--the fugitive-slave law. grasping was the slave power.CHAPTER XVI. the Dred Scott decision. and the anarchy in Kansas. The slave power had reached the reckless point of madness and was rushing to its own destruction. So unscrupulous. imperious. 55 . they first make mad. These three manifestations. hastened the end. Whom the gods wish to destroy.--though they were revolting in the extreme and indescribably painful.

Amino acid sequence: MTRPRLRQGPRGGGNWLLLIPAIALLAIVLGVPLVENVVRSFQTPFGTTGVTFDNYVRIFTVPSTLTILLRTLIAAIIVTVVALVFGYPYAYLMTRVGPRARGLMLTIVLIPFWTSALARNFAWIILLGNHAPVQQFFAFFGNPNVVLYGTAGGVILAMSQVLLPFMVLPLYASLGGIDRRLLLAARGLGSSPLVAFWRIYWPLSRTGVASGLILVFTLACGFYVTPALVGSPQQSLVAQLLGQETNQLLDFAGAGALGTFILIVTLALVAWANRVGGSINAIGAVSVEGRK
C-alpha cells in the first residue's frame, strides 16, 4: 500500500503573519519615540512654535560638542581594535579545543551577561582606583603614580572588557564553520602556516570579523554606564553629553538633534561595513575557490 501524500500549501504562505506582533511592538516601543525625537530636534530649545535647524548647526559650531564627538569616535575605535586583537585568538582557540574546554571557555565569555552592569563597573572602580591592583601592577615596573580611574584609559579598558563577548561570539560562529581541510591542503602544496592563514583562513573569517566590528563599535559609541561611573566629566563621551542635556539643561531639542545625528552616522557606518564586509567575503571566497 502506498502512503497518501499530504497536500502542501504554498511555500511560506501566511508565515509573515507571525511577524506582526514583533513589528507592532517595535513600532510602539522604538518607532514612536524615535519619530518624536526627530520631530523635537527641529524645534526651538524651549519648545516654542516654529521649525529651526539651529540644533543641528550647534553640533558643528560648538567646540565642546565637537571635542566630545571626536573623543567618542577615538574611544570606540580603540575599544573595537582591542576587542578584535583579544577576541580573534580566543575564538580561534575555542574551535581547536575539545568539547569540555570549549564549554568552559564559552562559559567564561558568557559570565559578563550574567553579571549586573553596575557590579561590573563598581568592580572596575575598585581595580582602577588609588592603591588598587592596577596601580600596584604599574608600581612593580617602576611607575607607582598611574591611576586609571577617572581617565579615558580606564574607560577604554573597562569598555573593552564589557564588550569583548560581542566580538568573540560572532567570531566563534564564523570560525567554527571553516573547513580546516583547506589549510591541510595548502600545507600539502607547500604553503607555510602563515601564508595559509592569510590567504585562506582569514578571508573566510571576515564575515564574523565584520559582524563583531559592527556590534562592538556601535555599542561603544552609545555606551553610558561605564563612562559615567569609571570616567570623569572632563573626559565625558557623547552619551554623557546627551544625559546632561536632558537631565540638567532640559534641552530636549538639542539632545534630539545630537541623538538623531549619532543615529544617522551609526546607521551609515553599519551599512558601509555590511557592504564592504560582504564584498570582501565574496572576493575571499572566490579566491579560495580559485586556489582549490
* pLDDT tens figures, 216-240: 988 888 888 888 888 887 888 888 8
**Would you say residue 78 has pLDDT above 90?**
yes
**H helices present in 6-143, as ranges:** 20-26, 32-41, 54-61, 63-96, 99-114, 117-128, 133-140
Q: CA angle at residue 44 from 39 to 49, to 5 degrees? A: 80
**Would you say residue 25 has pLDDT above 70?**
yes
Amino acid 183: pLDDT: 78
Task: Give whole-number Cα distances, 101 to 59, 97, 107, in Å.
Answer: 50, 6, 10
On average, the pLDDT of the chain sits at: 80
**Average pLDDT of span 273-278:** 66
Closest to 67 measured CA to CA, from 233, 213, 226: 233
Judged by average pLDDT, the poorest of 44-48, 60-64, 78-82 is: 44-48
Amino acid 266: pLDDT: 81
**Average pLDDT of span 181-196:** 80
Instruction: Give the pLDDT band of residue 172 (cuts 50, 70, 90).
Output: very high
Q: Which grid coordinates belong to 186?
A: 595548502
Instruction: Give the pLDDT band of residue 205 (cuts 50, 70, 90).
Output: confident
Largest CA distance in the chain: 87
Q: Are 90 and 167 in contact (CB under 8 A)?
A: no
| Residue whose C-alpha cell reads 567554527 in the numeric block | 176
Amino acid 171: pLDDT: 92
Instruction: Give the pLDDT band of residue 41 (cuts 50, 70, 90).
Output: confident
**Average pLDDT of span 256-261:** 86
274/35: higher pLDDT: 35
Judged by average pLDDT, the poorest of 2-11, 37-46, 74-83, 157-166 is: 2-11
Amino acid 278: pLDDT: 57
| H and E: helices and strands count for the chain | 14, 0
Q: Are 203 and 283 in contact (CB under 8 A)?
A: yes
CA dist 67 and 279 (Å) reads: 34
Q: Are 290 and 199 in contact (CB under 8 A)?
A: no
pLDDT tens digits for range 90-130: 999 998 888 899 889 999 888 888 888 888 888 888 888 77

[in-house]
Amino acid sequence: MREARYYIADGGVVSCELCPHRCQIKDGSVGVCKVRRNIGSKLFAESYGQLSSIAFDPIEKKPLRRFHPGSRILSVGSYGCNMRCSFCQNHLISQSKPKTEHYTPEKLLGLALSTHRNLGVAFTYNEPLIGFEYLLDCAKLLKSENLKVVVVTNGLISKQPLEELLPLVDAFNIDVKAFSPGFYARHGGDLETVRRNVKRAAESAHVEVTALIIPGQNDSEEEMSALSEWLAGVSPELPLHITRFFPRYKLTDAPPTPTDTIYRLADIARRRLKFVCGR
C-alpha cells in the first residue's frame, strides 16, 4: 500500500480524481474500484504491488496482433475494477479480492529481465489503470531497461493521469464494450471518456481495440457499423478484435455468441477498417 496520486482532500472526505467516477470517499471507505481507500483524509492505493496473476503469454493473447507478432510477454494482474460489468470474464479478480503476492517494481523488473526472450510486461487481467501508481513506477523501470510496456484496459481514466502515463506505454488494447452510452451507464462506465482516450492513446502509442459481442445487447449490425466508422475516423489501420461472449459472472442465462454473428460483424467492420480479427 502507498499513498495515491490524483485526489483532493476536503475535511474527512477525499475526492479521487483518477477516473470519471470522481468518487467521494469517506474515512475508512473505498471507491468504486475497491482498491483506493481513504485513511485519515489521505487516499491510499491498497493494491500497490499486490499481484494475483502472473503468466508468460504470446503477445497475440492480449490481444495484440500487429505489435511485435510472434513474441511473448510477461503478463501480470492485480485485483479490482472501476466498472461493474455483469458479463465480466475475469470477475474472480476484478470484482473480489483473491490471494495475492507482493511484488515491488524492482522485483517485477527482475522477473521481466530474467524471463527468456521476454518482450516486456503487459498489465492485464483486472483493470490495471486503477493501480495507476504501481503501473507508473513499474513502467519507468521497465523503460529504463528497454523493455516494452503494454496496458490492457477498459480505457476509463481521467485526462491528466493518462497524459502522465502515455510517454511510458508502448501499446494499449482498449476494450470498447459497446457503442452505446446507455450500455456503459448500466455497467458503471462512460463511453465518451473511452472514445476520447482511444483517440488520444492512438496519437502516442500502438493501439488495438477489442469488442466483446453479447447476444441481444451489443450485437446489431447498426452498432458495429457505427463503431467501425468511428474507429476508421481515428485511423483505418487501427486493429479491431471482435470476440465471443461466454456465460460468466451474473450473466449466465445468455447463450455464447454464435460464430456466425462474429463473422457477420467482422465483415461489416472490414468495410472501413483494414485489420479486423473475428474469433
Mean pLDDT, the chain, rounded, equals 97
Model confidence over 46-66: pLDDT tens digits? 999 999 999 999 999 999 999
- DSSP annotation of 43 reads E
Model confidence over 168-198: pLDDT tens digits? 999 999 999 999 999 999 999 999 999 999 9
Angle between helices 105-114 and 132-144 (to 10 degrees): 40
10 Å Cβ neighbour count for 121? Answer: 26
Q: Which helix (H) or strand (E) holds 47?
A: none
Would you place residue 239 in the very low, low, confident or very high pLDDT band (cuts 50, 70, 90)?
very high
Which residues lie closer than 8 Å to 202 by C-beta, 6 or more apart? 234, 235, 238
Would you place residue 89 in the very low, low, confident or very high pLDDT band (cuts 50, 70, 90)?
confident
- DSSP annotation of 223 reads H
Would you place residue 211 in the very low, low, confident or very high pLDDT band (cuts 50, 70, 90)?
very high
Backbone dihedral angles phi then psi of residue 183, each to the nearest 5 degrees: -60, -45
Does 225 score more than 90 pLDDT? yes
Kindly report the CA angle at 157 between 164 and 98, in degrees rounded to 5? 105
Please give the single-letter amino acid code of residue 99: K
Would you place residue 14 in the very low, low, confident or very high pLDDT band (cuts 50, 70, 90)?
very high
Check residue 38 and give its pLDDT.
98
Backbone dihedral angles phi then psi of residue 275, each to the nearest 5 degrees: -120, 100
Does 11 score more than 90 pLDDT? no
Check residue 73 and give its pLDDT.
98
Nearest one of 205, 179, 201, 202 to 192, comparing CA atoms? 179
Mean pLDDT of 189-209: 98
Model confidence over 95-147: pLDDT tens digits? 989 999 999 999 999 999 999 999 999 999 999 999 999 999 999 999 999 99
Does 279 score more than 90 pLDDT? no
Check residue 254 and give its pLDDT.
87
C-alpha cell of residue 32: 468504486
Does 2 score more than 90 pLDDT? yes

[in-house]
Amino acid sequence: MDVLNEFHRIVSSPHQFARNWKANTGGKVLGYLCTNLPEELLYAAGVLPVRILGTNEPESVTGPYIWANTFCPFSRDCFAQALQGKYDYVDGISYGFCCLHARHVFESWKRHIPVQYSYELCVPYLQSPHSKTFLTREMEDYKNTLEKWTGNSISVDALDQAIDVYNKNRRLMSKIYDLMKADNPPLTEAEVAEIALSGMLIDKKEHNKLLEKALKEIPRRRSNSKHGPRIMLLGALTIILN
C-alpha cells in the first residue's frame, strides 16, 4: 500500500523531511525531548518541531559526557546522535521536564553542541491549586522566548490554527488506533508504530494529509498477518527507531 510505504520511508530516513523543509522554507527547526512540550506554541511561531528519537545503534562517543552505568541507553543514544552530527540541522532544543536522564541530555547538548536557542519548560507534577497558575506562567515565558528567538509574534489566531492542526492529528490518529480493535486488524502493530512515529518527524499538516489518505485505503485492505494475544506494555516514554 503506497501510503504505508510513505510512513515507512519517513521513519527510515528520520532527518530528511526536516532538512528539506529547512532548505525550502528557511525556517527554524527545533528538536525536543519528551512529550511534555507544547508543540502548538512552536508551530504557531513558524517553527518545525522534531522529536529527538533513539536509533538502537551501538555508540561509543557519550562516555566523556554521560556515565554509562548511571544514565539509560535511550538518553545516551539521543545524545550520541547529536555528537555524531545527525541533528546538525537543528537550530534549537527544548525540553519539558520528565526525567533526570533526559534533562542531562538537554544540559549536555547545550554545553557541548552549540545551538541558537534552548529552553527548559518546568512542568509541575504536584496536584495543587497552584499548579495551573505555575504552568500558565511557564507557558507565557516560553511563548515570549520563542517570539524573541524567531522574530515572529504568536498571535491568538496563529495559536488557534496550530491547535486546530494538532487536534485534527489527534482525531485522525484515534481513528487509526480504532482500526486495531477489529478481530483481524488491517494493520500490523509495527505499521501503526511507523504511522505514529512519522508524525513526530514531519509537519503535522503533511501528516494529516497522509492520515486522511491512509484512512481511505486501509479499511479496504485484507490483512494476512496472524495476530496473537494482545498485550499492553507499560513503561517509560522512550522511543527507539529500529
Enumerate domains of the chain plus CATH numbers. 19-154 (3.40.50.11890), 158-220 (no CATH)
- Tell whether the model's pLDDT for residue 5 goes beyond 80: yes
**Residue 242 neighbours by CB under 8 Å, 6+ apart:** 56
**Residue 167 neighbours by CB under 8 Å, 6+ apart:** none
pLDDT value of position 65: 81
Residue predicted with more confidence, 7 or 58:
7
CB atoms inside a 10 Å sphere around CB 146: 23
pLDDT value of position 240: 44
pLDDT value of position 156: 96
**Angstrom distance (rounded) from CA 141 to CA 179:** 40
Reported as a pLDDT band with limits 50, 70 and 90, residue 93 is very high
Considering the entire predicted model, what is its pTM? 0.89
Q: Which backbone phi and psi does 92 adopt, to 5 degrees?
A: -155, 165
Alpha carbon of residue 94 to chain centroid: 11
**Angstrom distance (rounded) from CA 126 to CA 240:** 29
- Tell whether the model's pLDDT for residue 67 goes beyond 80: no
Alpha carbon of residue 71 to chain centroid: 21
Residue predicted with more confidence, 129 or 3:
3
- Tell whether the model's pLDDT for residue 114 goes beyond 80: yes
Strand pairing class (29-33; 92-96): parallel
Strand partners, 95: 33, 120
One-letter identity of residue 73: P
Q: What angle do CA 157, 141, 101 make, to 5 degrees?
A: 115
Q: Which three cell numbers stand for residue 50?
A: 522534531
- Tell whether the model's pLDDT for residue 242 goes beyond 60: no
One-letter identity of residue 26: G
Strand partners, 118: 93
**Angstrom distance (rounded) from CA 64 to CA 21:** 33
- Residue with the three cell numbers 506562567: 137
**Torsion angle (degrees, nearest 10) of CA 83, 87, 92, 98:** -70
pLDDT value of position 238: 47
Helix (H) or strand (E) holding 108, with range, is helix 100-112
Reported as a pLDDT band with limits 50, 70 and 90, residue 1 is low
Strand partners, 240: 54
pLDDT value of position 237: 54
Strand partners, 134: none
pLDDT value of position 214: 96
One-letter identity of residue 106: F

president. the scholarly editor of the New York Evening Post. also. gentlest. followed him to Ohio and answered his speeches in Columbus and Cincinnati. Americans have no prejudice against humble beginnings. Douglas had twice been a candidate for nomination before the democratic convention. Lincoln was not a boor. . declares that it was a great misfortune that Lincoln was introduced to the country as a rail-splitter. had been alert to observe these events. "It took years for the country to learn that Mr. He now. they are proud of self-made men. The fact was published in the papers. Even after the election Lincoln did not cease the vigor of his criticisms. had shown keen interest in the debates. most sagacious President who had occupied the chair of state since Washington retired from it. and he desired them up to a certain point. It will be remembered that before the formal debate Lincoln voluntarily went to Chicago to hear Douglas and to answer him. At the first republican convention in 1856. who doubtless knew whereof he wrote. Lincoln's modesty made it impossible for him to be ambitious. he was simply killing off Douglas's aspirations for the presidency. seem to belong to him. doubtless it was he. J. This naturally alienated the finest culture east of the Alleghanies. for he felt that he was on new ground and must not do less than his best. Had it not been for this question he would have been elected at the next following presidential election. But they did not. truest. when he asked Douglas the fatal question at Freeport. As late as the early part of 1860. He took the utmost care in revising his speech. after the election of 1858.CHAPTER XVII. nothing more. The reports of the Lincoln-Douglas debates had produced a profound sensation in the West." In 1858. He appreciated honors. far more zealous than judicious. and he was to speak in Cooper Institute. Even this honor he thought to be beyond his reach. noblest. had expressed so much glory over Abe the rail-splitter. Some Eastern men. instead of Beecher's church. Lincoln vaguely desired the nomination for the vice-presidency. 56 CHAPTER XVII. so slowly did he come to realize the growth of his fame. when Fremont was nominated for President. The invitation was accepted with the provision that the lecture might be a political speech. who was always watchful of the development of the anti-slavery sentiment. Brooklyn. in his way of looking at them. but there is nothing in the ability to split rails which necessarily qualifies one for the demands of statesmanship. William Cullen Bryant. It was with no thought of being himself the successful rival. Holland. He was slow to realize that he was of more than ordinary importance to the community. New York. He would have been glad to be the running-mate of Seward. He said "there was a celebrated man of that name in Massachusetts. G." When he reached New York he found that there had been a change of plan. 111 votes were cast for Lincoln as the nominee for vice. Lincoln the country had the wisest. He followed him to Springfield and did the same thing. It took years for them to unlearn what an unwise and boyish introduction of a great man to the public had taught them. They were printed in large numbers and scattered broadcast as campaign literature. now invited Lincoln to lecture in Plymouth Church. that it left the impression that he was little more than a rail-splitter who could talk volubly and tell funny stories. Some of his ardent friends. When he saw the item it did not enter his head that he was the man. It took years for them to comprehend the fact that in Mr. THE BACKWOODSMAN AT THE CENTER OF EASTERN CULTURE. The Reverend Henry Ward Beecher.